Seeing motherboards with M.2 ports is nothing new as manufacturers have been doing this for some time now. Up until recently, there haven’t been many M.2 SSDs available to actually use this new technology, but we’re beginning to see memory manufacturers roll out their new offerings. M.2 SSDs come in a couple different interface options – SATA 6 GB/s or PCI-E x2/4, with the latter obviously being the faster and more expensive option. Today’s ADATA M.2 SSD sample uses the SATA 6 GB/s interface, which should perform similar to a standard 2.5″ SSD most of us have plugged into our motherboards. Let’s get going and find out what this ADATA M.2 SSD is capable of.
Specifications and Features
Below are the specifications as provided by the ADATA product page. The SSD conforms to the M.2 2280 standard, which means it’s 22 mm wide and 80 mm in length. The length is an important factor when selecting a M.2 SSD because not all motherboards support every available length. The other thing to watch for is what interface M.2 SSDs your motherboard supports. Some only support SATA 6 GB/s, some only PCI-E x2/4, and some support both interfaces.
The Premier Pro SP900 is available in 128, 256, and 512 GB capacities, all of which use the LSI (SandForce) SF-2281 controller and Synchronous MLC NAND flash. The advertised read/write performance is consistent across all three capacity options, but the advertised IOPS performance varies a little.
|ADATA Premier Pro SP900 M.2 SSD Specifications|
|Form Factor||M.2 2280|
|NAND Flash||Synchronous MLC|
|Dimensions (L x W x H)||22 x 80 x 3.5mm|
|Performance (Max)||128GB Performance (ATTO)
Read : Up to 550MB/s
Write : Up to 530MB/s
Maximum 4K Random write IOPS up to 89K
256GB Performance (ATTO)
Read : Up to 550MB/s
Write : Up to 530MB/s
Maximum 4K Random write IOPS up to 90K
512GB Performance (ATTO)
Read : Up to 550MB/s
Write : Up to 530MB/s
Maximum 4K Random write IOPS up to 30K
|Operating Temperature||0~70 °C / -40~85°C|
|Storage Temperature||5 ~ 95% RH (0 ~ 55°C)|
|Shock Resistance||1500G / 0.5ms|
The ADATA marketing team has a few features worth mentioning, so let’s give them a chance to have their say. ADATA touts a wide range of compatibility for desktop or portable devices with M.2 capability. Smaller size and power efficiency are other important factors, especially when portable devices are in play. All images and description courtesy ADATA.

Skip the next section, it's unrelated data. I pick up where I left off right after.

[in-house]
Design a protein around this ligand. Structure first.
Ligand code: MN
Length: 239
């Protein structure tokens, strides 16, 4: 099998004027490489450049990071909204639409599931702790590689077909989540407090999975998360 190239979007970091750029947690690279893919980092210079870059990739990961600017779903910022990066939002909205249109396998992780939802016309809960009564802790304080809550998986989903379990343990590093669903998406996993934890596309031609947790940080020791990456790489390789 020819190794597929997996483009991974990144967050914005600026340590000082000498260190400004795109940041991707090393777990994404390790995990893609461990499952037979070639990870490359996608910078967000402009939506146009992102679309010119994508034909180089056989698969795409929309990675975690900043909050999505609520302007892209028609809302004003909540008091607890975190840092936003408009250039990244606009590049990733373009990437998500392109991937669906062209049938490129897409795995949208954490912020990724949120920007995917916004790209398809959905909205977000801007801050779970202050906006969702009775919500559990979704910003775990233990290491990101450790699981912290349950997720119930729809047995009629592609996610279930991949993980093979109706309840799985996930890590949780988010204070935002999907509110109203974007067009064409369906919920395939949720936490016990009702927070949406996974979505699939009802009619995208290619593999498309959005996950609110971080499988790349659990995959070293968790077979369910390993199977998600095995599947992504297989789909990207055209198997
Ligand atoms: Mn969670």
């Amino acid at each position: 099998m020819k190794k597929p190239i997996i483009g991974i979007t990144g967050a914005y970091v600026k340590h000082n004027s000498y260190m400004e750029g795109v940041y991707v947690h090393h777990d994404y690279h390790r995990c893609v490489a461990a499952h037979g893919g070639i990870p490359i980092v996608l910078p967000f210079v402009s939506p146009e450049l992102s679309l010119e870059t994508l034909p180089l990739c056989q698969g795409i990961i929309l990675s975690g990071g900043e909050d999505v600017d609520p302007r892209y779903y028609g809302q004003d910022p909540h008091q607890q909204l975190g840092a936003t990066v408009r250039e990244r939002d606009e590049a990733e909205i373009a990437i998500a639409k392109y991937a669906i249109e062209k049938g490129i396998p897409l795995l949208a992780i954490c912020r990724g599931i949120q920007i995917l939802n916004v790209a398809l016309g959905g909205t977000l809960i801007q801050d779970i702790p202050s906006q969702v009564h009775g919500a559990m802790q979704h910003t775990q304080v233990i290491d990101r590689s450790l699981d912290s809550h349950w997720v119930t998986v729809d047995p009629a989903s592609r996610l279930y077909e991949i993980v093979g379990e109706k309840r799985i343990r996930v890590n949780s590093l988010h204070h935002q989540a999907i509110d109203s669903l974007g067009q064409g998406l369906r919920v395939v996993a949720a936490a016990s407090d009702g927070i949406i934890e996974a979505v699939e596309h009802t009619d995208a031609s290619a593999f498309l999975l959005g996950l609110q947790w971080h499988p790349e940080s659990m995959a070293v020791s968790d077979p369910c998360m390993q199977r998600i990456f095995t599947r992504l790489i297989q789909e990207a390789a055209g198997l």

Another great feature of M.2 SSDs is they can be used as a cache drive for mechanical hard drives through Intel’s Smart Response Technology.
As mentioned above, the Premier Pro SP900 offers excellent power consumption for lower power bills and longer battery life in portable devices.
Retail Packaging/Product Tour
The retail box has the ADATA hummingbird we’re used to seeing on most of their product packaging. The box front has a window that allows the potential customer to see the M.2 SSD. There is additional product branding on the front, as well as the sides. The back of the box has ADATA contact information and a multilingual list of basic features. Inside the box, the Premier Pro SP900 is held securely in a plastic retainer.
Withe the SSD out of the box, we can get a better look at what makes the drive tick. Looking at the pictures below, we can see a sticker with model and capacity information covering a couple of the NAND chips. The LSI SF-2281 controller has been around for quite awhile now, but is still regarded as a good performing option. Because the SF-2281 has had a firmware update or two over the years, the drives can offer 7% more storage capacity than from their initial release. Initially, the SF-2281 reserved 7% of the drive’s capacity for over-provisioning, but the new firmware offers as little as 0% over-provisioning if manufacturers wish to take advantage of it. It appears ADATA took advantage of the opportunity, which is why this drive is 256 GB in size compared to the 240 GB size initial SF-2281 based SSDs were limited to. A good example of this is the older Kingston 3KSSD that will be included in our comparison samples. It too uses the SF-2281 controller, but is 240 GB in size because of the 7% over-provisioning, Also viewable in the pictures below is the Synchronous MLC NAND found on the Premier Pro SP900, which is ADATA branded.